The men described feeling afraid to come forward because of Hefner's relationship with the Senate president, whose support they felt they needed either to advance their careers or to achieve their professional policy objectives.
Baker said that regardless of who investigates Hefner's behavior people need to feel comfortable sharing their stories.
"I do think they need to be crystal clear with the people who are involved in this that they can speak about their concerns and raise the issues that are raised in that story without worrying about consequences, because it was very clear reading that story that some of those folks were very concerned about the consequences associated with coming forward, and I think it's incumbent on the Senate to put together a plan that provides those people with comfort and security that they can speak specifically about their allegations without worrying about retribution," Baker said.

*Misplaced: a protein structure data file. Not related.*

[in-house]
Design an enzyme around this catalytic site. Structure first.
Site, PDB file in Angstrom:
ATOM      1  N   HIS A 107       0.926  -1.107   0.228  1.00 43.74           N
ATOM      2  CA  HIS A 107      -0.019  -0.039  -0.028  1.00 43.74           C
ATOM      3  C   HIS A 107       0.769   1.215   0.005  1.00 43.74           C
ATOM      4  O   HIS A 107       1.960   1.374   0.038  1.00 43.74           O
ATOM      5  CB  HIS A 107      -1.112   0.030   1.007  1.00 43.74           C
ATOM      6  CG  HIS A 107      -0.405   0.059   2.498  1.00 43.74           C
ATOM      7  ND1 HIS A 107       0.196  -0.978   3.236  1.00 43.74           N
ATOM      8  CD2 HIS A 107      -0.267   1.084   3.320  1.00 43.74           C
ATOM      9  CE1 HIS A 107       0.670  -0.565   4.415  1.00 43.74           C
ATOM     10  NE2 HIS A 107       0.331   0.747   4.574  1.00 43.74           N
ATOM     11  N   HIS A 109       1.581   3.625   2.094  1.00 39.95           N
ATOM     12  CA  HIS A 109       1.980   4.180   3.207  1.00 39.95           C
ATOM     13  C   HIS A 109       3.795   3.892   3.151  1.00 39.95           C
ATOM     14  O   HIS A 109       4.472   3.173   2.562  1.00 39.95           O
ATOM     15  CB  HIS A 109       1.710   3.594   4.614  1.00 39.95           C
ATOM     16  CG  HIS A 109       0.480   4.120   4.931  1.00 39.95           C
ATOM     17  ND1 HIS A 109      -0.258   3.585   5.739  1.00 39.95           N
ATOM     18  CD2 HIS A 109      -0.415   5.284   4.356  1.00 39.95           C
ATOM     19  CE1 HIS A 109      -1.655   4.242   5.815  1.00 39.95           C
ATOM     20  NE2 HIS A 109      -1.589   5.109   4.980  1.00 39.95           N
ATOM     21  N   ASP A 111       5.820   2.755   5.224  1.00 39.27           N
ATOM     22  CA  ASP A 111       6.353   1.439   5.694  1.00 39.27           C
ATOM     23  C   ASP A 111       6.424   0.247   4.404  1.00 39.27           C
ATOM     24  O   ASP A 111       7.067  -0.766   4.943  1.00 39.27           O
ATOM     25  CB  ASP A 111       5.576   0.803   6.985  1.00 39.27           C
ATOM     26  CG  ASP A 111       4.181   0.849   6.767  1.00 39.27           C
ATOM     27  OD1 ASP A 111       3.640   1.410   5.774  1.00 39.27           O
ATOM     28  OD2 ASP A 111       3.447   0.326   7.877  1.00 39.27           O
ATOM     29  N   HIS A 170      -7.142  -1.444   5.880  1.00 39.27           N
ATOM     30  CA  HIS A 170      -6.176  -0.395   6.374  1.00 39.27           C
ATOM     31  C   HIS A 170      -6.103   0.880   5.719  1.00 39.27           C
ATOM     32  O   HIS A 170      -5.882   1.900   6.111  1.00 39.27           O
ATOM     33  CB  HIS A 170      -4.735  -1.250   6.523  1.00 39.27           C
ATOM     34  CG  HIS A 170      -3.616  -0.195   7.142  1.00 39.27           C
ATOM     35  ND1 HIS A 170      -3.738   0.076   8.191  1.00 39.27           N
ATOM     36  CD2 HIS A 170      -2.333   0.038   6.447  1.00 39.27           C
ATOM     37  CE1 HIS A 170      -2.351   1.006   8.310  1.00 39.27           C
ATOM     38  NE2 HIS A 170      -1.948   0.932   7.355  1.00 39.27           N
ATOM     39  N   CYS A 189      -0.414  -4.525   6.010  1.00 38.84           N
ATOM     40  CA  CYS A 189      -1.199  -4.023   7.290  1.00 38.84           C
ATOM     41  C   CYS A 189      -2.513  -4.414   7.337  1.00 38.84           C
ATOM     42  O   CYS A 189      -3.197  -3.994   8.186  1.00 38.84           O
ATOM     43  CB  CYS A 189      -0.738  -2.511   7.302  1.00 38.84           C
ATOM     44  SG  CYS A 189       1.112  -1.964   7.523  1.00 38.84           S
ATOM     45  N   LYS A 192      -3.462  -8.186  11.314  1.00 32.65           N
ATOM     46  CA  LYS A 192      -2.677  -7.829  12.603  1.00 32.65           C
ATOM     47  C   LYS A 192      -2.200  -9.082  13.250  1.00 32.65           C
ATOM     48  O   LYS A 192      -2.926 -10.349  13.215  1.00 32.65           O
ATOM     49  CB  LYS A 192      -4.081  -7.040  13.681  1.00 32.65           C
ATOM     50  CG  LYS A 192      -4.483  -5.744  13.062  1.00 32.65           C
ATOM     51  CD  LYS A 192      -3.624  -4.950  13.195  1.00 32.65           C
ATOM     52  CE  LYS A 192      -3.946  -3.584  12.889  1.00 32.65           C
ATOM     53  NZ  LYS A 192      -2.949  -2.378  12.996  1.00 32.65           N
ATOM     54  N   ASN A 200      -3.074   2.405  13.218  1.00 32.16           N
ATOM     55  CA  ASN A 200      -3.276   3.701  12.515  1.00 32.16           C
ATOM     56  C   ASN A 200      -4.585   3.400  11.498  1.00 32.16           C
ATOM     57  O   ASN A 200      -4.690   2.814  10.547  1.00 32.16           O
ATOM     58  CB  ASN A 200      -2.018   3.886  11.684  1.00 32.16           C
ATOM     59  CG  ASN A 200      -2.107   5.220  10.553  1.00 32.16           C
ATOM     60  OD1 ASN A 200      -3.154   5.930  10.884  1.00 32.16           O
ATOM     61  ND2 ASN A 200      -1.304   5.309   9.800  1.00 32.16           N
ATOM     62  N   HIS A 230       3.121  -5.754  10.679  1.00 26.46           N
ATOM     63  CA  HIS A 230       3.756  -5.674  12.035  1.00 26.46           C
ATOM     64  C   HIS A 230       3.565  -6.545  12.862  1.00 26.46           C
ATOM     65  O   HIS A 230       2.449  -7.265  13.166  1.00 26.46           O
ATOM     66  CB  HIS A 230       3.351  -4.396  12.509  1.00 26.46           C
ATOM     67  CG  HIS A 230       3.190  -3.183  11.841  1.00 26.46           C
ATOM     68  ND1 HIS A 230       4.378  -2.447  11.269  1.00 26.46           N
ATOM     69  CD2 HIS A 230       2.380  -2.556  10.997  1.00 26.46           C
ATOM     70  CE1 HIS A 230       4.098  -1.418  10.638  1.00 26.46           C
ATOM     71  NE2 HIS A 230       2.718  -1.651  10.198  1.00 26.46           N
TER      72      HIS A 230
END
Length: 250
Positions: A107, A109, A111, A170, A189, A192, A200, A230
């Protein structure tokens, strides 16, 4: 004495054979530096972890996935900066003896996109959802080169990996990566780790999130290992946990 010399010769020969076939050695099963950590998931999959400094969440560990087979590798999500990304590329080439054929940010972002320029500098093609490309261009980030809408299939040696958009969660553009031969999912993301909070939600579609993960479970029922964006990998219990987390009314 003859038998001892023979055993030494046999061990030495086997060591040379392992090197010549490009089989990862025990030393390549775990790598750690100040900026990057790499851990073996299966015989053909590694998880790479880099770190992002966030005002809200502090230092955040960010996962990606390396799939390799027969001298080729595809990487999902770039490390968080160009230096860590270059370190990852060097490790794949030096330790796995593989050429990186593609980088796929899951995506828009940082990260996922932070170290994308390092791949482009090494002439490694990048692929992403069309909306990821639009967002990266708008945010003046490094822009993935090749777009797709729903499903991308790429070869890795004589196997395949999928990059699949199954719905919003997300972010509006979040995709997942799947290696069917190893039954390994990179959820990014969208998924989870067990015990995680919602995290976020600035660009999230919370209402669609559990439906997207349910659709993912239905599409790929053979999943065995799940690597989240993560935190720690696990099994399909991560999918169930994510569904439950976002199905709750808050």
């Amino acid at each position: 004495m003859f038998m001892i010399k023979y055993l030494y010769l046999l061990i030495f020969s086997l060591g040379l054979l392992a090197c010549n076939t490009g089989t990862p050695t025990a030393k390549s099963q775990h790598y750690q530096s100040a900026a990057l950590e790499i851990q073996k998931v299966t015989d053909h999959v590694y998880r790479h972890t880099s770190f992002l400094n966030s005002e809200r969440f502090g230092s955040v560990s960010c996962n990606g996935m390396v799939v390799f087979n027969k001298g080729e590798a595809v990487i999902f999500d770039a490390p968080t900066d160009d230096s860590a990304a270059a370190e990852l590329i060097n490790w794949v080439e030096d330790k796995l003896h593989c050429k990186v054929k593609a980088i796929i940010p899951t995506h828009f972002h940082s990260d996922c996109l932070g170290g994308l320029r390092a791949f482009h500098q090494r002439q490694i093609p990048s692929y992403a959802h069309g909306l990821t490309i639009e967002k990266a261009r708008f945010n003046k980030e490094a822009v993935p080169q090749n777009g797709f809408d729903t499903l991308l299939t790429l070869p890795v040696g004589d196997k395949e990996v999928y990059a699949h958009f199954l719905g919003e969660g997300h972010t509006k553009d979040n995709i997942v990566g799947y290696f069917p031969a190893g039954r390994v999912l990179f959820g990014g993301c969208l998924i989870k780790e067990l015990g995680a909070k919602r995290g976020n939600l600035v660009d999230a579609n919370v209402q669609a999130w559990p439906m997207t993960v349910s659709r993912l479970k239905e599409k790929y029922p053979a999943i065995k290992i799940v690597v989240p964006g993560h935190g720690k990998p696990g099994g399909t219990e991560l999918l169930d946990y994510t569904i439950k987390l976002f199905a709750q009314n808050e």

The president's staff on Thursday bristled at suggestions in the story, allegedly advanced by Hefner, that he and Rosenberg were a team and that he had influence in the Senate, where he neither worked nor served as an elected official.
It's not the first time Hefner has been accused of meddling in Senate business, and Rosenberg even assured the public that there would be a "firewall" between his personal and professional lives before assuming the presidency.
"Bryon has never played a role in our office informally or formally. Period. End of story," a top Rosenberg advisor told the News Service.
Sen. John Keenan said he doesn't know what next steps should be taken, and he said he has not experienced Hefner interfering with Senate business.